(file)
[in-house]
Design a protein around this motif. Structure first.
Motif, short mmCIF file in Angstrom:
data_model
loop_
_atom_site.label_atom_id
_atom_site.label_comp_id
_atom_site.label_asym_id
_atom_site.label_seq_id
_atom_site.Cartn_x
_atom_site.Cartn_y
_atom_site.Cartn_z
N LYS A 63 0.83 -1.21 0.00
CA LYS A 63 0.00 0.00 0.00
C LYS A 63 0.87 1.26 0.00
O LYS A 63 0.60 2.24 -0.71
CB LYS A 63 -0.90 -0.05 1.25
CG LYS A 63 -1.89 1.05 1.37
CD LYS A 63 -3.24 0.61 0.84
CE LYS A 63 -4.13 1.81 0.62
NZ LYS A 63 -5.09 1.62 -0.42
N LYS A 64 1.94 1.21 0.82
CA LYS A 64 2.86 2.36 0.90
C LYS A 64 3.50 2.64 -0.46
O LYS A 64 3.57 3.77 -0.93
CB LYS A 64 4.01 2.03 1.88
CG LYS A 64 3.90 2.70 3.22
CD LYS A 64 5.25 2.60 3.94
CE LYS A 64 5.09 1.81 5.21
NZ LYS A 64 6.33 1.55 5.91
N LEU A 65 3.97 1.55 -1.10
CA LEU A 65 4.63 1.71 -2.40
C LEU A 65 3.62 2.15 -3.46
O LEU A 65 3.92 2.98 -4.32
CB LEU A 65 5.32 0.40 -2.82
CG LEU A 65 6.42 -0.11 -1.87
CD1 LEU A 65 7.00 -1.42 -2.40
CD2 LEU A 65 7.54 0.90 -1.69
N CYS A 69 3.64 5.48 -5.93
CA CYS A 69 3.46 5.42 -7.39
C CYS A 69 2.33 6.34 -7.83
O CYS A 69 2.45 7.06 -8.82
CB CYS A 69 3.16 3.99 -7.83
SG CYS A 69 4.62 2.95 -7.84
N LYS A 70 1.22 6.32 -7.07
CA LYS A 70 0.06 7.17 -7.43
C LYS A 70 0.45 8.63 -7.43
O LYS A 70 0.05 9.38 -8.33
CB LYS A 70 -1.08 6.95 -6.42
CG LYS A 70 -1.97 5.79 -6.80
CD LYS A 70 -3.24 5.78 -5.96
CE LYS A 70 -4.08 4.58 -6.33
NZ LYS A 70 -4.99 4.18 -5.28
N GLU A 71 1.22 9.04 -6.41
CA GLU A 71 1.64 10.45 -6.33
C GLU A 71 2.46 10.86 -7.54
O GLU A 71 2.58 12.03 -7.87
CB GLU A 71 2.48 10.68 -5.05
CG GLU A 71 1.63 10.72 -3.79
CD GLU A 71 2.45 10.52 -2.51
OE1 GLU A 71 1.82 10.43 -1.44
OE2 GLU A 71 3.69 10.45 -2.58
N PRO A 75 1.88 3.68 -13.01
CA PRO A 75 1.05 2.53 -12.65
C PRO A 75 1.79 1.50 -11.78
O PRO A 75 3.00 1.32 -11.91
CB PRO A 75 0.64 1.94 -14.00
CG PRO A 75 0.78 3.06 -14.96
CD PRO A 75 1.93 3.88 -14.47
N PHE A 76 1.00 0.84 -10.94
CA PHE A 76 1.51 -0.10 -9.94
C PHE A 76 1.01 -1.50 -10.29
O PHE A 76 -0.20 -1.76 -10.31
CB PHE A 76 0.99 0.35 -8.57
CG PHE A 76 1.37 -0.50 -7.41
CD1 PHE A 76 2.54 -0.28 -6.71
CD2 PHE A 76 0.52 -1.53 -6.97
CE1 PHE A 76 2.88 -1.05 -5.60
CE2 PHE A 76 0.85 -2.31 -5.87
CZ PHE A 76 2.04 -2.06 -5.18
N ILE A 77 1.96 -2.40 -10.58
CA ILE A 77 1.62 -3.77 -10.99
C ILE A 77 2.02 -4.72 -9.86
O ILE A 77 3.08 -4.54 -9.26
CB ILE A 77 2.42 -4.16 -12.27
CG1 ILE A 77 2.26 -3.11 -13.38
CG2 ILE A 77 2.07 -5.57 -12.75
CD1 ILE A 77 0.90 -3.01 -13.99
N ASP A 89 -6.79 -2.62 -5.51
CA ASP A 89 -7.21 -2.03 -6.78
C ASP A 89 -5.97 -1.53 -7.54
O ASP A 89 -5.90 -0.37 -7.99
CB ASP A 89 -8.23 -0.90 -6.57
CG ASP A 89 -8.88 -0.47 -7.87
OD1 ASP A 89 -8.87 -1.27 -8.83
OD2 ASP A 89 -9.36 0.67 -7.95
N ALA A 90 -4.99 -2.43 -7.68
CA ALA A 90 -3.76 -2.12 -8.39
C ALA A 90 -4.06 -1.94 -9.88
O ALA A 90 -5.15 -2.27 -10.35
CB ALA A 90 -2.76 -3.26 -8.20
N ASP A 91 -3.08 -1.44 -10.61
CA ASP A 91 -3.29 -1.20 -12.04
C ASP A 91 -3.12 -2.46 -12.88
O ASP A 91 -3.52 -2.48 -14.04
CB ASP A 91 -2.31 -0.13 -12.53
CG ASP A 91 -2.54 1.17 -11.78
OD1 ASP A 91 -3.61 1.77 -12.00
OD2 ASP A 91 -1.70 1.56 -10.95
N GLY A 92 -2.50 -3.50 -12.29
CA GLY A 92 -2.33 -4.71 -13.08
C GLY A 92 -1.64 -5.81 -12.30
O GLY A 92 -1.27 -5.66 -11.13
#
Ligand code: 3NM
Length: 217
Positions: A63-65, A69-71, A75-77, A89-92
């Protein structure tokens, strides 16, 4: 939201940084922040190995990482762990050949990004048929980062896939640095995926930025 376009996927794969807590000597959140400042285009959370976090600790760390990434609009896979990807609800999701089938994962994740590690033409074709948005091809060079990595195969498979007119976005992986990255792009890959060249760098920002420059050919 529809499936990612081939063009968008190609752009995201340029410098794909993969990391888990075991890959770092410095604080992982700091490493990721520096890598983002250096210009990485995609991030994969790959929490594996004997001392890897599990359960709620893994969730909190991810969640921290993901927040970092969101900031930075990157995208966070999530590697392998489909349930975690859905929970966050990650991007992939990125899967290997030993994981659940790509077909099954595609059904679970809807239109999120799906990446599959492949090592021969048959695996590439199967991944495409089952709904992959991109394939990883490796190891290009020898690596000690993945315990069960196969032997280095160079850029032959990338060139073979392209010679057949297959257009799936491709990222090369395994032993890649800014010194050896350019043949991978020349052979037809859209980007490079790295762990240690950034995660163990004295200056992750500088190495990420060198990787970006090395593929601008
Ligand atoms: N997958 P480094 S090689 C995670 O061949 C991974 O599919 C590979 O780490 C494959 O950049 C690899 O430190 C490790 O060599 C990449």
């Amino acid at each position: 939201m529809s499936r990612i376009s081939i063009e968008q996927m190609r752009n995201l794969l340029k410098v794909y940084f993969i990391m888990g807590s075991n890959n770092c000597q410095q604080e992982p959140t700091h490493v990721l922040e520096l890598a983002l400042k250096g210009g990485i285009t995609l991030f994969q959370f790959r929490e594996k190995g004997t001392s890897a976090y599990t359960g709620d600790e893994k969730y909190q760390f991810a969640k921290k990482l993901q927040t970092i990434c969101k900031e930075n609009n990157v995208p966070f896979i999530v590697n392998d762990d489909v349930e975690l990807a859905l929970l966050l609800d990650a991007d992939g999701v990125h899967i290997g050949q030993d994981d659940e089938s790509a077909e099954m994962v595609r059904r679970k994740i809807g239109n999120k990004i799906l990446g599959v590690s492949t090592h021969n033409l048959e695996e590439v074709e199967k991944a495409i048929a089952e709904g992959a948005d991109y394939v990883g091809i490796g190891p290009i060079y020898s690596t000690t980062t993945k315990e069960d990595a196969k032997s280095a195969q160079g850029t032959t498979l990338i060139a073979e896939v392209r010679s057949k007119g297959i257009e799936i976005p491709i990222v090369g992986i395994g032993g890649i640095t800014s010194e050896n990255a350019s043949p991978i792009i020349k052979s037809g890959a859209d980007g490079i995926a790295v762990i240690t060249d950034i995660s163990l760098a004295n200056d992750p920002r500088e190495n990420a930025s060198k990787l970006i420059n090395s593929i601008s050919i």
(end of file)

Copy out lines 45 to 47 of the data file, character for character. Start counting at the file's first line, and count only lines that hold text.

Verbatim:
N LYS A 70 1.22 6.32 -7.07
CA LYS A 70 0.06 7.17 -7.43
C LYS A 70 0.45 8.63 -7.43